Treatment material contacting device 202 includes a suitable apparatus for placing the feathered poultry carcasses received from initial processing devices 201 in contact with an ammonia-based treatment material. The specific structure of treatment material contacting device 202 will depend upon the nature of the ammonia-based treatment material being used in apparatus 200. For example, where the treatment material includes liquid ammonia or an ammonium hydroxide solution, treatment material contacting device 202 may include either an arrangement for spraying the liquid treatment material on the poultry carcasses or an arrangement for immersing the poultry carcasses in the liquid treatment material. Further details of a spray-type treatment material contacting device will be described below in connection with
Referring back to
Treatment material supply vessel 207 may comprise any suitable vessel for holding a supply of the desired ammonia-based treatment material. For example, where the treatment material includes liquid ammonia, supply vessel 207 will include a suitable vessel for holding low-temperature liquids such as liquid ammonia. A suitable supply vessel for liquid ammonia will include thermal insulation and may also include a system for actively maintaining the temperature of the liquid ammonia. A supply vessel 207 suitable for containing an ammonium hydroxide solution treatment material, also preferably includes thermal insulation and is associated with a chiller for maintaining the ammonium hydroxide in a temperature range preferably between approximately −60° F. and −40° F., in order to help hold the ammonia in solution. Pump 208 is used in apparatus 200 to supply the liquid treatment material (either liquid ammonia or an ammonium hydroxide solution) to treatment material contacting device 202 at the desired pressure and flow rate. This desired pressure and flow rate may be that necessary for operating spray nozzles where device 202 applies the treatment material via a spray, or may simply be a pressure and flow rate suitable for circulating the liquid treatment material to an immersion vessel within device 202 where the device applies the treatment material by immersion.
Treatment material recovery system 212 shown in
It will be appreciated that whether the treatment material is liquid ammonia or an ammonium hydroxide solution, not all ammonia applied to poultry carcasses in contacting device 202 will be recovered in treatment material recovery system 212 and in the other ammonia recovery devices described further below. Thus supply vessel 207 must have some capability of receiving additional treatment material.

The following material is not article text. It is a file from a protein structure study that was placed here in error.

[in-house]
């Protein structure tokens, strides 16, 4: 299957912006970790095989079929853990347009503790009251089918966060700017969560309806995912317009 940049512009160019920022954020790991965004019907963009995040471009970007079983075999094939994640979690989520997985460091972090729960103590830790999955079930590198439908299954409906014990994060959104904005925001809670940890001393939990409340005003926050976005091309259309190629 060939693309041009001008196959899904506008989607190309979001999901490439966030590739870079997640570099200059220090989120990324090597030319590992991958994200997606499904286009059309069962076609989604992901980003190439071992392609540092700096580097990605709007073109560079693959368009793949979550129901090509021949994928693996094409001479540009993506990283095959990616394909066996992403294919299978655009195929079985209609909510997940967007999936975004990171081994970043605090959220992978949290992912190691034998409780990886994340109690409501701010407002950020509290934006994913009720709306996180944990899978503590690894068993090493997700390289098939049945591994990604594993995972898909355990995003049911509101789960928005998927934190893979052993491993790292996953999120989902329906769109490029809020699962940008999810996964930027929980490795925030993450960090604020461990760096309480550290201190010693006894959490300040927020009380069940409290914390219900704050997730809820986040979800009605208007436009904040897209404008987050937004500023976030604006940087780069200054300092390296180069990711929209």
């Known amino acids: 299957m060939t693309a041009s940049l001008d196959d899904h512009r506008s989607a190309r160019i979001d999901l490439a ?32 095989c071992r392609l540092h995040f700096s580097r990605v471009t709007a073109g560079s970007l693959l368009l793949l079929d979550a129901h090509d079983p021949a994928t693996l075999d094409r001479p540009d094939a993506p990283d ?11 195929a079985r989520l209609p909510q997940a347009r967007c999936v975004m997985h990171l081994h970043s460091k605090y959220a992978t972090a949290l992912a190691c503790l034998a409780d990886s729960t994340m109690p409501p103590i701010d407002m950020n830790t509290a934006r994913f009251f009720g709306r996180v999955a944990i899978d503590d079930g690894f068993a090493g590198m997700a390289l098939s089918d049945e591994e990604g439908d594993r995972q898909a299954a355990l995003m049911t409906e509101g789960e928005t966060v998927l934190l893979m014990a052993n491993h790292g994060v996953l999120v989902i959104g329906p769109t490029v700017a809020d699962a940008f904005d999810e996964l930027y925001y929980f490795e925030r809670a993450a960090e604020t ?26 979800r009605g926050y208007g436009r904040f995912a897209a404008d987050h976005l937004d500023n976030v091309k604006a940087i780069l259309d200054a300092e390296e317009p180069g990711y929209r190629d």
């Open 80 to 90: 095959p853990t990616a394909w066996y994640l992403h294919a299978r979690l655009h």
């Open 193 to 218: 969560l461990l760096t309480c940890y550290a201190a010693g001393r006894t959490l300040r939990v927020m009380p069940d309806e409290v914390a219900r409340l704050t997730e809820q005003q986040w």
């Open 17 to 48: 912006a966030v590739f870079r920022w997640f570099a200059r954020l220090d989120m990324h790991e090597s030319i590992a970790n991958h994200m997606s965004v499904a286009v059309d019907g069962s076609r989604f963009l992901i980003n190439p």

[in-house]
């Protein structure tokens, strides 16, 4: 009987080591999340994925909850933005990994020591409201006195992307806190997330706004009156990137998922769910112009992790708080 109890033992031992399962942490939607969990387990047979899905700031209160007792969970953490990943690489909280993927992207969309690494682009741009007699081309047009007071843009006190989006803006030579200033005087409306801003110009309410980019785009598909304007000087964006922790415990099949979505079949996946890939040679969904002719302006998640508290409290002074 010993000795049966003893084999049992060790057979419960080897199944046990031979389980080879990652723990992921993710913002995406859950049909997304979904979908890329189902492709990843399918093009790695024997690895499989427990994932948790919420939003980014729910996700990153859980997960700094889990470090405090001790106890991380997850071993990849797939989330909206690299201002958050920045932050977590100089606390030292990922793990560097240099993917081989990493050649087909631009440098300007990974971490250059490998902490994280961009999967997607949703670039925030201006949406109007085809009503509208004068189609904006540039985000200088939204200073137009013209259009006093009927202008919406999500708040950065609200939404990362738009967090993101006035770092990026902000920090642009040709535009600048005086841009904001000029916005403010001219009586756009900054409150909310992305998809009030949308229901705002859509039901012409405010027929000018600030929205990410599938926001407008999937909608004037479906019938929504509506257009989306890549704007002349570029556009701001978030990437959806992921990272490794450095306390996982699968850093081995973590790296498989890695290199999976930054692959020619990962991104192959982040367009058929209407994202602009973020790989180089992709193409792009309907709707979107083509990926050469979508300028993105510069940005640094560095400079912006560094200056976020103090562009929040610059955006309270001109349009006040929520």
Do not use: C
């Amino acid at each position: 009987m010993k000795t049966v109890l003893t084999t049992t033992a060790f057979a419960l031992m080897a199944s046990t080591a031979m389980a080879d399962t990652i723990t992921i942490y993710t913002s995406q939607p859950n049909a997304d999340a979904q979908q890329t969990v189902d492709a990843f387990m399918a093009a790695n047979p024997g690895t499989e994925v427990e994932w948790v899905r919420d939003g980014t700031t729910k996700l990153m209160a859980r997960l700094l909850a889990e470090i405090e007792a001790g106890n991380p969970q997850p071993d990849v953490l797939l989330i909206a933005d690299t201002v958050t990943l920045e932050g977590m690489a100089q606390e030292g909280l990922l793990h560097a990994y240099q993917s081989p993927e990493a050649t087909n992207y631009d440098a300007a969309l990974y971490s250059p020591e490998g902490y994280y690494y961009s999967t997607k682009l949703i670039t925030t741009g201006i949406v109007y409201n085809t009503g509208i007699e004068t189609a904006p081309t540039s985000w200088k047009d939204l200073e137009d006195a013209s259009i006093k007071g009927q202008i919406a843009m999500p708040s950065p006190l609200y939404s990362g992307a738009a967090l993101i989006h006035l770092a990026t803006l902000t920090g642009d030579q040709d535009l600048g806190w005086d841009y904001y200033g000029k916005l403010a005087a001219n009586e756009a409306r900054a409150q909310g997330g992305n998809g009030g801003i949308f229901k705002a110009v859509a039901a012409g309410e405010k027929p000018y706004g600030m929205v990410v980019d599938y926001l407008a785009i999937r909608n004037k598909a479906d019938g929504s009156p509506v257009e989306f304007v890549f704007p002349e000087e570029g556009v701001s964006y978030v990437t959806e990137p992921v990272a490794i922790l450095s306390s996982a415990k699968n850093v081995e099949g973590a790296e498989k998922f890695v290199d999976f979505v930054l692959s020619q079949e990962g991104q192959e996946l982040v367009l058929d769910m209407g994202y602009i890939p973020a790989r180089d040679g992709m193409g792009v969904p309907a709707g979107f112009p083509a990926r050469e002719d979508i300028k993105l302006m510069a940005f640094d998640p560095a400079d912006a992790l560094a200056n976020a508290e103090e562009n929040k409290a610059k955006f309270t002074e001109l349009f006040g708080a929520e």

Ammonia removal device 203 may comprise any suitable arrangement for removing ammonia from the poultry carcasses received from treatment material contacting device 202. One preferred ammonia removal device comprises a device for spraying a rinsing liquid such as water onto the poultry carcasses arriving from treatment material contacting device 202. A suitable rinsing liquid spraying device will be described below with reference to
Supply vessel 209 may comprise simply a vessel of sufficient capacity to properly supply a rinsing liquid to ammonia removal device 203. Any pump capable of providing the desired pressure and flow rate required for ammonia removal device 203, may be employed as pump 210. The flow rate and pressure necessary will depend upon whether device 203 is a spray-type or immersion-type device, and will also depend upon the number of poultry carcasses being processed and the rate at which they are processed through device 203.
Rinsing liquid recovery system 214 is included in apparatus 200 for receiving used rinsing liquid from ammonia removal device 203 through return line 225, recovering ammonia picked up by the rinsing liquid, and also recovering the rinsing liquid itself for recycling in the system. Rinsing liquid recovery system 214 may include filters, separators, or other devices for performing these functions. Ammonia or ammonium hydroxide solution is transferred from rinsing liquid recovery system 214 to treatment material recovery system 212, and water is returned to supply vessel 209 through water return line 224. The manner in which used rinsing liquid is received from ammonia removal device 203 will depend upon the type of rinsing performed in ammonia removal device. In the case of a rinsing liquid spray-type device, the rinsing liquid and ammonia it has absorbed or otherwise removed from the poultry carcasses in device 203 may collect in a suitable drain pan in device 203. The collected rinsing liquid may be transferred continuously or periodically through return line 225 to rinsing liquid recovery system 214. Where an immersion-type rinsing device is employed as ammonia removal device 203 in